Crows are known to hide food. If they suspect someone is watching, they’ll use subterfuge to move it elsewhere. They can solve multi-step problems and understand abstract analogies too, pairing objects with notional relationships to each other such as a square and a circle – all this with a brain lacking a neocortex and smaller than a fingertip.
If the braininess of octopodes and ravens fails to impress, consider certain plants, particularly the mimosa. Native to parts of Central and South America, the mimosa plant is small, with paired leaflets along each stem. Touch one of the leaves and – presto! – the entire plant folds its leaves.
Several hundred years ago, French botanist Rene-Louiche Desfontaines was astonished at this reactivity and carried a plant round Paris in his carriage, showing others. This happened at a time, it must be remembered, when the prevailing Aristotelian view of plants regarded them as barely alive. Touch-sensitive and insectivorous plants and their ability to move quickly, have been long regarded as truly enigmatic.
In 2013, Stefan Mancuso and Monica Gagliano, working at the University of Florence, sought to replicate Desfontaines’s findings. Mancuso developed a means of testing mimosas, with a controlled 15 centimeter fall onto a padded surface. As expected, on falling each mimosa folded its leaves, not learning from its fall, at least not right away. Plants recovered after this, but responded in like fashion to a fall later in the day. On repeated drops at five to 10 second intervals, the mimosas seemed to figure things out, however, no longer closing their leaves.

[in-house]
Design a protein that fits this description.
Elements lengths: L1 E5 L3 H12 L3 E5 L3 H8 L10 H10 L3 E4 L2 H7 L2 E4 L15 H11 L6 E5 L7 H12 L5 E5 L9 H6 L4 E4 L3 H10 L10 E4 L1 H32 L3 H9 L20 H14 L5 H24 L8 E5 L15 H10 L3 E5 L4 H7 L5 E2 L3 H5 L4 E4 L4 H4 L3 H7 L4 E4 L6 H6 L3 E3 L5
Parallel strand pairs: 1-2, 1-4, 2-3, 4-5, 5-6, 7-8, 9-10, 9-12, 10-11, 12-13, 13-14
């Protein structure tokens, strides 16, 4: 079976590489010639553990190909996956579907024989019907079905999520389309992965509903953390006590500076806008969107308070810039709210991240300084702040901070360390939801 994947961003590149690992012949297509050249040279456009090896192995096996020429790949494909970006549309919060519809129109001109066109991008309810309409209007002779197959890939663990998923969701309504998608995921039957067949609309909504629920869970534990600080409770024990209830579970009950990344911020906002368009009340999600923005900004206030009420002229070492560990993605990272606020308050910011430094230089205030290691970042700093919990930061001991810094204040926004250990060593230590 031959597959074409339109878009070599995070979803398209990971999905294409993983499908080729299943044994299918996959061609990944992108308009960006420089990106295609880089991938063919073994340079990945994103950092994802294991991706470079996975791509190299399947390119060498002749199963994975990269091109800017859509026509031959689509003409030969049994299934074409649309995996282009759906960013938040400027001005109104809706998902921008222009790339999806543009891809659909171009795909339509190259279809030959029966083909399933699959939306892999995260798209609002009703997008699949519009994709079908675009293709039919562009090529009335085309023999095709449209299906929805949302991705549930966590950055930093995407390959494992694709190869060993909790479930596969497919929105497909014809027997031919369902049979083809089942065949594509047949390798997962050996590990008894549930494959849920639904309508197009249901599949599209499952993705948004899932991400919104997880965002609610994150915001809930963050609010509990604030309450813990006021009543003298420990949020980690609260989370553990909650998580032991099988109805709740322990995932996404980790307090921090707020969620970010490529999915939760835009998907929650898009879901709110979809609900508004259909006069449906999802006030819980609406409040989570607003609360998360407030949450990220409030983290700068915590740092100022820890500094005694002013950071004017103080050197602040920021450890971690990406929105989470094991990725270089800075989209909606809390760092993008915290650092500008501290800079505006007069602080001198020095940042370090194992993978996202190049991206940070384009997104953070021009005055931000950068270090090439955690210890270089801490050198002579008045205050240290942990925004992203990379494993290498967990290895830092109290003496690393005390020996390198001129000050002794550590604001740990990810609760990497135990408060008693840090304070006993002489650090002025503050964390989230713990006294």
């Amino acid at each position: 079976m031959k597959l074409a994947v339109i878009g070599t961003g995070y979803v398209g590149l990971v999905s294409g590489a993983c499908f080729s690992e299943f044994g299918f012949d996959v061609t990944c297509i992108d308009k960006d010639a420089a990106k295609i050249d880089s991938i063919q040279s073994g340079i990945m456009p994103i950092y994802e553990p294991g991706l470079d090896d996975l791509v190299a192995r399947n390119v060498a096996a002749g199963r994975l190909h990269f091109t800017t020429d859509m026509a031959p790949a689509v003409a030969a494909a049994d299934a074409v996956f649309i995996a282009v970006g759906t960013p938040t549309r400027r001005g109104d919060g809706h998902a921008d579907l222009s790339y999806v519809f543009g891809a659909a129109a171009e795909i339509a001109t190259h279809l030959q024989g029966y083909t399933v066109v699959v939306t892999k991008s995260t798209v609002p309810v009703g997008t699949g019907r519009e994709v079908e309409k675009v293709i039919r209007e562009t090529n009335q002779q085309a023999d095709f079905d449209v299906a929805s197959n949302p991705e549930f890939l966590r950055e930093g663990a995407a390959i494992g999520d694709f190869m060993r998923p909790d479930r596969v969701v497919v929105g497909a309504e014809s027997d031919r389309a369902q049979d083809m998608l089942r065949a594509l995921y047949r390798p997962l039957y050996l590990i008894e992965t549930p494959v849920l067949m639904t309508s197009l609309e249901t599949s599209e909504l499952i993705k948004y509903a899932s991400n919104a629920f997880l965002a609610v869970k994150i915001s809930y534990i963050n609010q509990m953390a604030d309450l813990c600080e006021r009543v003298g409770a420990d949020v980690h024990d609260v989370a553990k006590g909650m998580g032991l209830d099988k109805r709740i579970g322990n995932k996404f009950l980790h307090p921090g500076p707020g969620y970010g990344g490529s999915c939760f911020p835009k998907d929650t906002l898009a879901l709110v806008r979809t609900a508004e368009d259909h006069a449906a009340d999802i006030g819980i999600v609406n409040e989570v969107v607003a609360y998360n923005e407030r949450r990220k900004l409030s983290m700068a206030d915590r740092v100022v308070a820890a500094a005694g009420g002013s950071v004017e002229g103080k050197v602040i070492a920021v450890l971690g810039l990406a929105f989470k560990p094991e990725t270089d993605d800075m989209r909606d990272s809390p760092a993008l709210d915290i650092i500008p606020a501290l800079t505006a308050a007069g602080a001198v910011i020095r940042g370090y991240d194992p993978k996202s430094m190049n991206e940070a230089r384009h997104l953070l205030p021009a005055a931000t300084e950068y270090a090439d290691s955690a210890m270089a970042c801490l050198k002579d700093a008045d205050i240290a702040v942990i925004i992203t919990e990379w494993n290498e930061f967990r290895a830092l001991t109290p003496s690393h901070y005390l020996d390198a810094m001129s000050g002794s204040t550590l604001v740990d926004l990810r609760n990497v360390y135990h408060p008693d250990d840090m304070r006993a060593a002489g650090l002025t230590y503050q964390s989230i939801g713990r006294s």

Gagliano let her plants rest three days and repeated her experiments. In her words6:
“Like seasoned little base jumpers, these plants continued to disregard the drops as they had learned during their training, and by ignoring it now, they were showing me they could remember the drop flawlessly … They had the facility of memory and their behavior was not hardwired in DNA but learned.”
The notion of plant memory has been slow to gain acceptance but workers have found that drought, temperature extremes, excessive salinity and herbivore attack can all elicit responses that we would regard as memory. Just where memory resides in plants is unknown but would seem to involve calcium channels and hormones. Whether all plants have memory is as well unknown, but reasonable, given all organisms’ common needs for nutrition, habitat and survival sufficient for reproduction.
I think that in our search for intelligent, unexpected life we may miss out if we don’t look in our own backyards. Evolution, as biologist Stephen Jay Gould would remind us, is both quirky and contingent. Given enough time, anything can happen, and one day it may behoove us to place some other being at the top of our refurbished tree-of-life diagrams.
It may all happen close to home.
Editor’s note: The views, perspectives and opinions in this article are solely the author’s and do not necessarily represent those of the AMA.
Banner photo credit: Pat Josse, Pixabay.com